I found this exhibition emotionally overwhelming. The locations that Cooper photographed are unbearably beautiful and heartbreakingly fragile. The scale of the photographs is immersive, especially when hung together in proximity, and the lack of horizon on which to fix our gaze makes for a dizzying experience. Gazing into the void, as it were, there is silence, solitude and stillness. There is illumination, too, if we are open to it. Illumination of thought and idea, a reflection on the human condition perhaps.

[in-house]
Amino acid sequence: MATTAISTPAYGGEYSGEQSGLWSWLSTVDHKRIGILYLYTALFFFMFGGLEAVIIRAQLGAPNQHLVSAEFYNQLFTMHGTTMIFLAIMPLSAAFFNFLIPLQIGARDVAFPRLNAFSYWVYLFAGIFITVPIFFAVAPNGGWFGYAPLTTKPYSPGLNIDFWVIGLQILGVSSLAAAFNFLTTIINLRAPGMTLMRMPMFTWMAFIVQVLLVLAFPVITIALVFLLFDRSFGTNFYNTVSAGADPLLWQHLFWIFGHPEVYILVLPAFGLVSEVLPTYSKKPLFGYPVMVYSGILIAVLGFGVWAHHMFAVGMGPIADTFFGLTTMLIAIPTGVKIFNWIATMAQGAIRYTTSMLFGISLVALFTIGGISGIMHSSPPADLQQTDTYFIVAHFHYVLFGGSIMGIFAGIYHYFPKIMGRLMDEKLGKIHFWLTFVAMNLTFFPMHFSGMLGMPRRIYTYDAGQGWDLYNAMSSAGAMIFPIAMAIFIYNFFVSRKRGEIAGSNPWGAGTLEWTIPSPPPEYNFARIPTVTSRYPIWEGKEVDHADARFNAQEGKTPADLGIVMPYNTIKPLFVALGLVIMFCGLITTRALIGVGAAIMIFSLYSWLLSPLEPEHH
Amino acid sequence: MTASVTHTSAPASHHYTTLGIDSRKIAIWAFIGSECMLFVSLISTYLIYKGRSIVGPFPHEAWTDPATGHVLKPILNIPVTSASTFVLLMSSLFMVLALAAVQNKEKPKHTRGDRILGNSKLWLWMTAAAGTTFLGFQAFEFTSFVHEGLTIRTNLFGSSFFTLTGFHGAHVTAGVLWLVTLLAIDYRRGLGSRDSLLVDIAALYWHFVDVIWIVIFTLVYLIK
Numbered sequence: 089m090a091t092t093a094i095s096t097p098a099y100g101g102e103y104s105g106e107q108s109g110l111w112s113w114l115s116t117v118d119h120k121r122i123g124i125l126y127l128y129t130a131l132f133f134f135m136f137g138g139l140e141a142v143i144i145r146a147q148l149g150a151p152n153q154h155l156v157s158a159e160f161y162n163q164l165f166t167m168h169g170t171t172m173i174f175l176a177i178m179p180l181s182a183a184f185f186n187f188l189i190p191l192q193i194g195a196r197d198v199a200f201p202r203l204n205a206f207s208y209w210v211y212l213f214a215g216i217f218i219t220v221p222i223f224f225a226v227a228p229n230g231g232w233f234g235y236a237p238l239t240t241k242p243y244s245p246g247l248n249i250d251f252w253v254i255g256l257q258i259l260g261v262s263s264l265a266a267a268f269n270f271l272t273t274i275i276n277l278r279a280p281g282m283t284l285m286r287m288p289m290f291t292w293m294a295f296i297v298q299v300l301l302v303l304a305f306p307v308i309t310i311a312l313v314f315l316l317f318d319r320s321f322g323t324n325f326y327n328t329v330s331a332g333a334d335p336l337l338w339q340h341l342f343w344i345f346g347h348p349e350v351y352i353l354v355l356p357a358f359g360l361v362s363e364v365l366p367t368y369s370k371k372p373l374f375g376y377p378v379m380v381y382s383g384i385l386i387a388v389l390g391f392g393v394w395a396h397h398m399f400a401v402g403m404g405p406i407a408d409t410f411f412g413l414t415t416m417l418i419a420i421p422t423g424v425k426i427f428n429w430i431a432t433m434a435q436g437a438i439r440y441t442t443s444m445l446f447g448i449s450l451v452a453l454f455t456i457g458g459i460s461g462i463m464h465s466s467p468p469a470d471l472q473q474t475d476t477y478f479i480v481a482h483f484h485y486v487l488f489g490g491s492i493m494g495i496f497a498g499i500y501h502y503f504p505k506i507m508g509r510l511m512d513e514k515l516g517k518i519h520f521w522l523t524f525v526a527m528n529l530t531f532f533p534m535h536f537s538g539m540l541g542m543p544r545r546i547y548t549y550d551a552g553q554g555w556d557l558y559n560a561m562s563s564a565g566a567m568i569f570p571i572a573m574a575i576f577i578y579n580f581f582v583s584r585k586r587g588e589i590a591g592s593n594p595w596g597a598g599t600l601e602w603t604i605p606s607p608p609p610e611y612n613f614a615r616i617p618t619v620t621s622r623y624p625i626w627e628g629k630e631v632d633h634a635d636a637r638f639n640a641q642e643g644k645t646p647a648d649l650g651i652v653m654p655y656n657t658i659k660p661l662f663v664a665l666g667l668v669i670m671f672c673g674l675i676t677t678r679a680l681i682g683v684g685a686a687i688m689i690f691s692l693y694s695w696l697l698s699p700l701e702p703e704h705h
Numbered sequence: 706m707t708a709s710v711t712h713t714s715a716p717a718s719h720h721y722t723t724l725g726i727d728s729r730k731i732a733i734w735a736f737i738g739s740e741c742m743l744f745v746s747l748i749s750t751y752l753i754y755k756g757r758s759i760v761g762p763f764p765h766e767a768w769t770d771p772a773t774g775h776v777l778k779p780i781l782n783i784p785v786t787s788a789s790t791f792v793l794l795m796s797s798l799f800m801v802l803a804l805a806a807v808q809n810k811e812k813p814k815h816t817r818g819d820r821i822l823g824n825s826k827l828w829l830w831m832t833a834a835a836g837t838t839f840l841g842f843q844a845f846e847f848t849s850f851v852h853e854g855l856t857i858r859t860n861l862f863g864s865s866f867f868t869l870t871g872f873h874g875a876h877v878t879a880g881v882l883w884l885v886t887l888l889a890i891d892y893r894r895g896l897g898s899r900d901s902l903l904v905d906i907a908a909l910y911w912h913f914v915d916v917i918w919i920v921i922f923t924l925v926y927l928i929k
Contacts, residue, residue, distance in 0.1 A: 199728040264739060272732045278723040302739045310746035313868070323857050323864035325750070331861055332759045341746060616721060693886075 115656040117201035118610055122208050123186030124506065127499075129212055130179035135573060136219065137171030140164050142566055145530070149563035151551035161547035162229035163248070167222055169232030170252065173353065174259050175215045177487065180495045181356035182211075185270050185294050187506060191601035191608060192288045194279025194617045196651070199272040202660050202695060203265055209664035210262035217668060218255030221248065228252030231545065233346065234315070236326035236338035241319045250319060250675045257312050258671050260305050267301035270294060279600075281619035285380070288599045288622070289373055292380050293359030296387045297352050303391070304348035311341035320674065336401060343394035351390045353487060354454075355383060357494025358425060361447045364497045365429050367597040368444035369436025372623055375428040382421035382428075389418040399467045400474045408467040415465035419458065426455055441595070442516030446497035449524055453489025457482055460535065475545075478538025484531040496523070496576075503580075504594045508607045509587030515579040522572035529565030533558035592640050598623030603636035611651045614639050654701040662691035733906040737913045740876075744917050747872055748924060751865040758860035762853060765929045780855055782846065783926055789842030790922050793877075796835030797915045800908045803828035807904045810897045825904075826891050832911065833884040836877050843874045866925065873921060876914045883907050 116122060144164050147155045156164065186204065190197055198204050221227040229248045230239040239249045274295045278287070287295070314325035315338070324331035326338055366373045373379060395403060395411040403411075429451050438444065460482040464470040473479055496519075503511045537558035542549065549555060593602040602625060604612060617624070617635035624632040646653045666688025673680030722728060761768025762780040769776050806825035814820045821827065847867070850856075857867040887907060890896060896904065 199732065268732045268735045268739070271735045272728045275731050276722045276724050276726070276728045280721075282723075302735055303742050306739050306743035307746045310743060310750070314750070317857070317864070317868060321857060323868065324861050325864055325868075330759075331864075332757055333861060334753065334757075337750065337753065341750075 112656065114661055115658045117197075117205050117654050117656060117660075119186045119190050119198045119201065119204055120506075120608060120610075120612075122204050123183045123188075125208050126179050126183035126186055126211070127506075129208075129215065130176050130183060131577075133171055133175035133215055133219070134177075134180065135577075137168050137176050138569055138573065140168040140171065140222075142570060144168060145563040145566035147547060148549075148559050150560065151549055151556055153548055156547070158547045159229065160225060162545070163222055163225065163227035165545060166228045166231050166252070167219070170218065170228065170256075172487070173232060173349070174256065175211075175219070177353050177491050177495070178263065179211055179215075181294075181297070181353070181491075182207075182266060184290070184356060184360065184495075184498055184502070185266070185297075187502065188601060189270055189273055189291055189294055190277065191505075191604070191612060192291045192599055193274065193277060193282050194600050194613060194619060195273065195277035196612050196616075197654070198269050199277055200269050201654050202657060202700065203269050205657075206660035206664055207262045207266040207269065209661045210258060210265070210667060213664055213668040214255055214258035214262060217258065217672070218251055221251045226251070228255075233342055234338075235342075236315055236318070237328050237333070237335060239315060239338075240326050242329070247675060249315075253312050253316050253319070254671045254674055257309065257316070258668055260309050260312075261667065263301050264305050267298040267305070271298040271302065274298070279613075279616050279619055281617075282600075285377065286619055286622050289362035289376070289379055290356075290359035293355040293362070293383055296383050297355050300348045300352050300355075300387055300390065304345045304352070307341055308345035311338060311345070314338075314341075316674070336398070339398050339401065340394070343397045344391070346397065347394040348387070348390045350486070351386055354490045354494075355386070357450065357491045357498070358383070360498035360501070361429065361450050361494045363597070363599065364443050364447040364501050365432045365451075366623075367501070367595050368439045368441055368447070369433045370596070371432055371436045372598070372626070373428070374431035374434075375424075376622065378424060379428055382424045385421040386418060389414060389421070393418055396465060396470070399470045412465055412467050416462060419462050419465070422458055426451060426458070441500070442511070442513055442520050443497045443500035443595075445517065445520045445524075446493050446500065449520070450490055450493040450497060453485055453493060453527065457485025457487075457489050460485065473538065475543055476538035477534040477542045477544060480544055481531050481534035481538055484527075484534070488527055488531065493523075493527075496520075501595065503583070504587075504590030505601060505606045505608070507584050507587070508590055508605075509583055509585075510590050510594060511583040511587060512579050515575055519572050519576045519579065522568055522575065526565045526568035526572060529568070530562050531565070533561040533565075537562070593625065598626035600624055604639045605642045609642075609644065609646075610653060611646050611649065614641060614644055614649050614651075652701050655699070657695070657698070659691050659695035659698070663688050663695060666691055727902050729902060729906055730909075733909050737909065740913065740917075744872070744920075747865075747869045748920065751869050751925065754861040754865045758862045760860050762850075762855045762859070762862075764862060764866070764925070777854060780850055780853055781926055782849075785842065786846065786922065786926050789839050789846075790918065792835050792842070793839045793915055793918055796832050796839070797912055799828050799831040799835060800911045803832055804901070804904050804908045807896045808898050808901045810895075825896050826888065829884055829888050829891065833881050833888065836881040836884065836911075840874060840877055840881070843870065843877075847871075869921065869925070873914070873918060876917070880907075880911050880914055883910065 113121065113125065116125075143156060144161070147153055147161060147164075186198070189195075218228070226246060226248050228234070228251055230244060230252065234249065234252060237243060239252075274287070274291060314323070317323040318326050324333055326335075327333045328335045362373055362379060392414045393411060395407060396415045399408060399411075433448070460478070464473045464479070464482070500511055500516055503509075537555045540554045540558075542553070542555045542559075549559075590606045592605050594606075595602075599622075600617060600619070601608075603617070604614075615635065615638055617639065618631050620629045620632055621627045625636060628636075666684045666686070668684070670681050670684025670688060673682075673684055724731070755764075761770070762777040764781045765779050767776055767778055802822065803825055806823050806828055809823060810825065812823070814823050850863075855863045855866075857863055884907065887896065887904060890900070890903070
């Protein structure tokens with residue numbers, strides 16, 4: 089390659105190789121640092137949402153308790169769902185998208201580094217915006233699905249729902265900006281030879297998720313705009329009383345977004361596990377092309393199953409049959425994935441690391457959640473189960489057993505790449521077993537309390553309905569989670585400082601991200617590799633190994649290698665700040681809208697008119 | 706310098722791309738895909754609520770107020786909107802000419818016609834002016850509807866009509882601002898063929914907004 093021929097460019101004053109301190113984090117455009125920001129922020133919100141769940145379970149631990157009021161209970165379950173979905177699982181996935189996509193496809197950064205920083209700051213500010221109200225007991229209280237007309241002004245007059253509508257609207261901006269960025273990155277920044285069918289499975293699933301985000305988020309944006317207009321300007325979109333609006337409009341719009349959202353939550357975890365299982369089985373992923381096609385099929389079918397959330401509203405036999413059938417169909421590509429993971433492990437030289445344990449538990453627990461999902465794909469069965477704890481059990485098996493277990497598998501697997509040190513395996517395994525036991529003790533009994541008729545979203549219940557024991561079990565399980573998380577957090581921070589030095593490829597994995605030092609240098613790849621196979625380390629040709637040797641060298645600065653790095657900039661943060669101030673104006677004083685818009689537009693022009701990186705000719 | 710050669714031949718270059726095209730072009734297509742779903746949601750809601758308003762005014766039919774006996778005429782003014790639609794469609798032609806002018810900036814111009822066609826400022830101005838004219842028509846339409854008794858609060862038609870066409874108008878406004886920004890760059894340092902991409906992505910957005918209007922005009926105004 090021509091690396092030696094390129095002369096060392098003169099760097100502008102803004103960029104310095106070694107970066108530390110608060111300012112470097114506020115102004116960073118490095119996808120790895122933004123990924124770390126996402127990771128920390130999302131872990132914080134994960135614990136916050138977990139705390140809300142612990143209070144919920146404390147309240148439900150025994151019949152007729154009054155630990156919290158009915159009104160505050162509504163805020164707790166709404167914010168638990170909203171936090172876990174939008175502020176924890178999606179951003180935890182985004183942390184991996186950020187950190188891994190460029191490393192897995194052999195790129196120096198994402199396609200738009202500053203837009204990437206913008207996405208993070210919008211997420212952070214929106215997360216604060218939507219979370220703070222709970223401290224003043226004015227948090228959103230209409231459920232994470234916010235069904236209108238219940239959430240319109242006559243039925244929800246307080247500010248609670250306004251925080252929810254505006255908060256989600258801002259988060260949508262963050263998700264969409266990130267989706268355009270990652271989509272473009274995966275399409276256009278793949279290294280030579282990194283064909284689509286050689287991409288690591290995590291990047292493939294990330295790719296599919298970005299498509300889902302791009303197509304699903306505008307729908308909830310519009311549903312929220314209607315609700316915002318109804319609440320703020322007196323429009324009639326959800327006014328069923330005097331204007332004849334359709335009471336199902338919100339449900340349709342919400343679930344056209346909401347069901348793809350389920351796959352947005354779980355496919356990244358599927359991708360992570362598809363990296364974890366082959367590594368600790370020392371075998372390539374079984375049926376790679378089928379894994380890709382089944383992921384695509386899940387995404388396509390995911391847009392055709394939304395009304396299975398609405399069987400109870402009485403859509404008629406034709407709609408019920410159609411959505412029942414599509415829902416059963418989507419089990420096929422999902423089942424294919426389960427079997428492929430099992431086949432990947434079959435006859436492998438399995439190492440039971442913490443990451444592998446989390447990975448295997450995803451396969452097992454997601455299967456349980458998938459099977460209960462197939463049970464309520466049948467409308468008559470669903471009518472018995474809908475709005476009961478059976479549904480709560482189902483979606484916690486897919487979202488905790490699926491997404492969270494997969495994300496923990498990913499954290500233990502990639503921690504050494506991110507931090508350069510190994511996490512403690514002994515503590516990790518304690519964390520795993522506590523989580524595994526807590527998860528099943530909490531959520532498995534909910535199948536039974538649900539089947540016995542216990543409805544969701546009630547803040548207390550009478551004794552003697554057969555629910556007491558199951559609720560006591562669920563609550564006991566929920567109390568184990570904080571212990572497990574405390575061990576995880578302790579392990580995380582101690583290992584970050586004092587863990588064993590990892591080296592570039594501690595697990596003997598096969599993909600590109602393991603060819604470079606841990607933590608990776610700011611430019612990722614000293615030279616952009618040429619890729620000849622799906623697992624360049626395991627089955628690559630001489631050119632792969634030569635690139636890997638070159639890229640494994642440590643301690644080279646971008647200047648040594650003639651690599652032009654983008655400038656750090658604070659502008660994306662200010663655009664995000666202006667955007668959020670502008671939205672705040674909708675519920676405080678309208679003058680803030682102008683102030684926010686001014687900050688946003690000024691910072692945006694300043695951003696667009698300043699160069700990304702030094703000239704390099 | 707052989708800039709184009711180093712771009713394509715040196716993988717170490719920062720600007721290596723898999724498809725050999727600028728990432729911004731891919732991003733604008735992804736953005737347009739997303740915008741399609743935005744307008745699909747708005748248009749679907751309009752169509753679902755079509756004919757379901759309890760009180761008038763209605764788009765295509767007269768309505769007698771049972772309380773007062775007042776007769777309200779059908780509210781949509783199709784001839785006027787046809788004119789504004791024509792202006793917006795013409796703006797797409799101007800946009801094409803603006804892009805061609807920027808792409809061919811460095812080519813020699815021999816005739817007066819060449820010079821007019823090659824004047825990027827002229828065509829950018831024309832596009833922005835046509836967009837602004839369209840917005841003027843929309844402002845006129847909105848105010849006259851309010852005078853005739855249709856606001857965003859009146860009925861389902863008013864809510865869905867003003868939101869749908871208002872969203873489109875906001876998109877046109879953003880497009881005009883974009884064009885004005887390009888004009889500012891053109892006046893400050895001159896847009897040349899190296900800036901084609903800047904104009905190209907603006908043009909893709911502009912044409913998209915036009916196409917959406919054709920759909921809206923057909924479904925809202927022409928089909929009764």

One of the added pleasures of this exhibition is the newly commissioned music written in response to the photographic images and available on the gallery’s website. Composed by Andrew Wasylyk, the pseudonym of the Scottish writer, producer and instrumentalist Andrew Mitchell, the three short compositions – The Life of Time, Hearing the Water Before Seeing the Falls, and Truant in Gossamer – echo and convey wide open spaces, impossibly harsh landscapes and freezing cold bodies of water. The Life of Time is especially poignant as it features Cooper’s voice. With such a wonderful soundtrack and a safe gallery interior, we might be forgiven for not fully appreciating what Cooper experienced to bring these images back. Astute descriptions of each image and its context ensures we do not forget. For instance, Cooper’s experience of a polar storm that shut down his camp for 23 days resulted in a single exposure of the whiteout conditions. We are told that it took seven people to assist him in achieving this: three to hold the tripod in place, three more to support the camera on the tripod, and one to hold Cooper. These were extreme conditions. So, enjoy these images for what they are. Beautiful, vast, rare and rarely seen by anyone except those willing to risk everything to bring them back for the rest of us. I felt genuinely privileged to be able to see them.